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 Post subject: Re:
PostPosted: December 23rd, 2016, 9:09 am 
Gondorian
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So if Greenleaf is not legolas's last name? what does it mean? i know it means his first name as well, but why do they call him greenleaf?



My guess is that folks do not normally call Legolas by the Westron (Common Speech) translation of his name [some unknown name translated into Modern English as "Greenleaf"], and what we have with Galadriel's verse and Gandalf's usage are perhaps out of the ordinary examples. While not exactly the same, I used to call someone at work not by her name, but by the meaning of her last name [which sounded nothing like her actual last name] -- only once in a while however (and only because I knew it of course), and also she had a first name, so I could couple it with that too.

So it appears that Gandalf actually used the Common Speech version of Legolas' name, along with the Elvish version, in at least one instance: "Stay, Legolas Greeleaf!" said Gandalf. "Do not go back into the wood, not yet! Now is not your time." Is there another instance? Can't recall at the moment. Anyway, perhaps here Gandalf "doubled up", so to speak, to lend gravity to his command; after all Legolas had just looked at the forest with regret, and actually started to ride back after seeing the eyes... as I read this it's almost as if he is losing himself to the wood and eyes within, forgetting the importance of the here and now (The Road To Isengard), and Gandalf wants to snap him out of it for the moment.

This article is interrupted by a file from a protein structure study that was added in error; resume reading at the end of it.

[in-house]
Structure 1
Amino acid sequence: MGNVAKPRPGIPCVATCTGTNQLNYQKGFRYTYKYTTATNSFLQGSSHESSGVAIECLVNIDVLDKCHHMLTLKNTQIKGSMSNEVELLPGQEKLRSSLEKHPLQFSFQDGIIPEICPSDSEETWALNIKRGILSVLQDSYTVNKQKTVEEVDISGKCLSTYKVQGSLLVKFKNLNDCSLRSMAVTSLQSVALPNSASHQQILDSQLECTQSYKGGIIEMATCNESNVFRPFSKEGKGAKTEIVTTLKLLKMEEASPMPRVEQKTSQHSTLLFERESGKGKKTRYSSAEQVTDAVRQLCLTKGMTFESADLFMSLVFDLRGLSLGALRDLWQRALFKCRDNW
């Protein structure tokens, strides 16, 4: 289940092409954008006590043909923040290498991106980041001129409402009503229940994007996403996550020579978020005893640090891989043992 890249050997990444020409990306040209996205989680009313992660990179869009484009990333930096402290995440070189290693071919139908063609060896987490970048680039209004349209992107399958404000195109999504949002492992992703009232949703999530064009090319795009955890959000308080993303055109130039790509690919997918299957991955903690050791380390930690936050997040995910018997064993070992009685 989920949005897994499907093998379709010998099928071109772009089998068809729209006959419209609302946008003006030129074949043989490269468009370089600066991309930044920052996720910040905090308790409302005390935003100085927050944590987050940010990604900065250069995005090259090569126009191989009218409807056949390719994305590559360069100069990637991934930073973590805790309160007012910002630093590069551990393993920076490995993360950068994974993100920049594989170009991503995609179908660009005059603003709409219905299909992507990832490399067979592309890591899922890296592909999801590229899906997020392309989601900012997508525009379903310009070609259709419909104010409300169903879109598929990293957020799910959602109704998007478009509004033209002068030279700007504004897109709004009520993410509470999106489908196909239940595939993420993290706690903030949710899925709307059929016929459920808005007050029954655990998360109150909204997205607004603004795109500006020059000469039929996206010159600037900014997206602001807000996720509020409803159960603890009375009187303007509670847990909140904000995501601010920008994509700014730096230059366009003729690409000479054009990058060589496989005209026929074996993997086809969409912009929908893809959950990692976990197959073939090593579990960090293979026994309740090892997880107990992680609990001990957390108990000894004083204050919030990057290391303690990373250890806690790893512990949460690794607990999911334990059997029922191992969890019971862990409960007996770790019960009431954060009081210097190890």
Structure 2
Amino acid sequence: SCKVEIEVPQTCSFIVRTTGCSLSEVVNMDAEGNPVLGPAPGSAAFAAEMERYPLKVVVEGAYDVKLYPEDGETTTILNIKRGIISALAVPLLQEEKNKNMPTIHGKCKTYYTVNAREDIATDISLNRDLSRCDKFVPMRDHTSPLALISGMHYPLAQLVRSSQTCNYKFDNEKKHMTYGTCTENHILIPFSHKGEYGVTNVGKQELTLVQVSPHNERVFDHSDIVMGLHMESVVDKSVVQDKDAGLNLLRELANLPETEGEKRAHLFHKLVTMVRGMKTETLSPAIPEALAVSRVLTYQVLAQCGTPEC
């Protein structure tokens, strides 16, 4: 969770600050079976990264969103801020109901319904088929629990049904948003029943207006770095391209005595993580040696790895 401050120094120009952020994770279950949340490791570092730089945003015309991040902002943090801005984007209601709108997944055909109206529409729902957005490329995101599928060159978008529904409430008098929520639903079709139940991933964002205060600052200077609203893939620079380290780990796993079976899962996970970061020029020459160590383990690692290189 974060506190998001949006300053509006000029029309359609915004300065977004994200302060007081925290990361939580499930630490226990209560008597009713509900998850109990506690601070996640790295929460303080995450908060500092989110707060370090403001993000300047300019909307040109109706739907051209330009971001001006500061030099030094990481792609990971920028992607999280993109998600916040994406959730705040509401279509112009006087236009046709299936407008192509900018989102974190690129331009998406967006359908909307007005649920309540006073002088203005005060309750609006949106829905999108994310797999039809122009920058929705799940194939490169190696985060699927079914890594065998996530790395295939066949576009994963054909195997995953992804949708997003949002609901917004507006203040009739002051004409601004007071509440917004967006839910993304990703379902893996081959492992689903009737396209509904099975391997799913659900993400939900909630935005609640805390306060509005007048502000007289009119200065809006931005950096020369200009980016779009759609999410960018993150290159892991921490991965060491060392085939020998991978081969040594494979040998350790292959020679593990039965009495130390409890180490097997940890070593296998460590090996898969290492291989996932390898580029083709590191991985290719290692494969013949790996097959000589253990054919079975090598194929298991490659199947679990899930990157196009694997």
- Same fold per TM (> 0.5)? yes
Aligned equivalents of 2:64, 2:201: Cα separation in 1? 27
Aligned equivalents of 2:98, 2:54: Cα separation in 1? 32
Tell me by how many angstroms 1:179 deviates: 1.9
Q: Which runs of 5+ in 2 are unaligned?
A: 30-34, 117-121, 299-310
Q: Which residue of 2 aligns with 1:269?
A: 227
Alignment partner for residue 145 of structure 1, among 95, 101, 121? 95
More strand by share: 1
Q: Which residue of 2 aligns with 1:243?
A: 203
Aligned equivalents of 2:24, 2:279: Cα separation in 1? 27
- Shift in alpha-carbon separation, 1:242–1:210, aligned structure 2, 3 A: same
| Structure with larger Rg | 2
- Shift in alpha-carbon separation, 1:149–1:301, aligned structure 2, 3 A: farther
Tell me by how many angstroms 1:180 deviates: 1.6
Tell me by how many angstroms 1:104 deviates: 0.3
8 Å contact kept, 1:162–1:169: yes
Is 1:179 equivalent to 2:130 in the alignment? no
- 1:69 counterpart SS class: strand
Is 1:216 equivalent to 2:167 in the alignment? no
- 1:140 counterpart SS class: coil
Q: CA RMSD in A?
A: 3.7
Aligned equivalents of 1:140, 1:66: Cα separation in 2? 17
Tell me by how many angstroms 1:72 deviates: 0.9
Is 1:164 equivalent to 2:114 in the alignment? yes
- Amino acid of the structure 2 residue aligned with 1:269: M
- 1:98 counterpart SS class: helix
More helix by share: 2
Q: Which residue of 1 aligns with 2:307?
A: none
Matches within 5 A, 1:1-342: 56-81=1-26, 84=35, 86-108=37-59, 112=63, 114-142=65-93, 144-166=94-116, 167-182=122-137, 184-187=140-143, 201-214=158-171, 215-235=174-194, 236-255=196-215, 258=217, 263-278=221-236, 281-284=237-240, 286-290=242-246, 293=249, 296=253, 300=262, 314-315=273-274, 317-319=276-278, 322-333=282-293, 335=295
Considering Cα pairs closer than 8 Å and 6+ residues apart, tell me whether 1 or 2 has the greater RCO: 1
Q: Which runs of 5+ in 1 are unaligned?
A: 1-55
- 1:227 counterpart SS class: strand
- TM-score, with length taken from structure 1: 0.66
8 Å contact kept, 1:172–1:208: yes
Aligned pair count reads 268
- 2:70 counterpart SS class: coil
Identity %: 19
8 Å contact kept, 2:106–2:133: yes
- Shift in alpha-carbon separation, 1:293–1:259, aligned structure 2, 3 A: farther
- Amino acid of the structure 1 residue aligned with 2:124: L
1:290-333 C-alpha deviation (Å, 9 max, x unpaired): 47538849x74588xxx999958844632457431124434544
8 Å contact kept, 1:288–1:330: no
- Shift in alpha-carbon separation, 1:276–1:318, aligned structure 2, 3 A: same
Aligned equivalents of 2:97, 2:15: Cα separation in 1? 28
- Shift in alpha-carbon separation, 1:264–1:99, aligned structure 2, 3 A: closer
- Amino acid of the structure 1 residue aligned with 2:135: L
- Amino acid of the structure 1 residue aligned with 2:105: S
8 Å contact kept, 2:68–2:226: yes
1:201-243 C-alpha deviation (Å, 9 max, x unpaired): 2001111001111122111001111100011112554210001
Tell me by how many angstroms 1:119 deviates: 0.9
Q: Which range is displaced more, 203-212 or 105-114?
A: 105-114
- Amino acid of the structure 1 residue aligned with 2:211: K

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In general I think Tolkien, with a fine tuned ear for the sound and flow of names, sometimes simply liked the flow of a given Elvish name coupled with its English translation. In another instance in the Appendices, we read of Thingol Greycloak, which like Legolas Greenleaf (to my ear anyway), sounds nice together as a "name". Of course the Thingol reference is in narration, not in character speech, and could be explained away differently from an internal perspective anyway.

Technically Legolas means "green leaves, foliage", as las(s) means "leaf" but go-lass means "foliage, collection of leaves". But that noted, obviously "Greenleaf" is not wrong, as it's even simplified in this way by Tolkien himself. The purer Sindarin form (without the Silvan dialect) is Laegolas [Sindarin laeg + golas(s), Silvan leg + golas(s)].

My two pennies anyway.


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 Post subject: Re: Arwen Undomiel or Arwen Evenstar
PostPosted: December 25th, 2016, 12:13 pm 
Warden of the Knight
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This is an interesting conversation to read up on. Read theough some of the previous comments. I used to think it was his name, but because my siblings were well versed in Tolkien works they informed me otherwise. (Back when i atill lived at hime)

Sadly indon't have that casual LOTR conversation anymore in my real life now that all of us are out on our own. It's nice to get a little of that here on the forum still, even at it's lowly state. :-D

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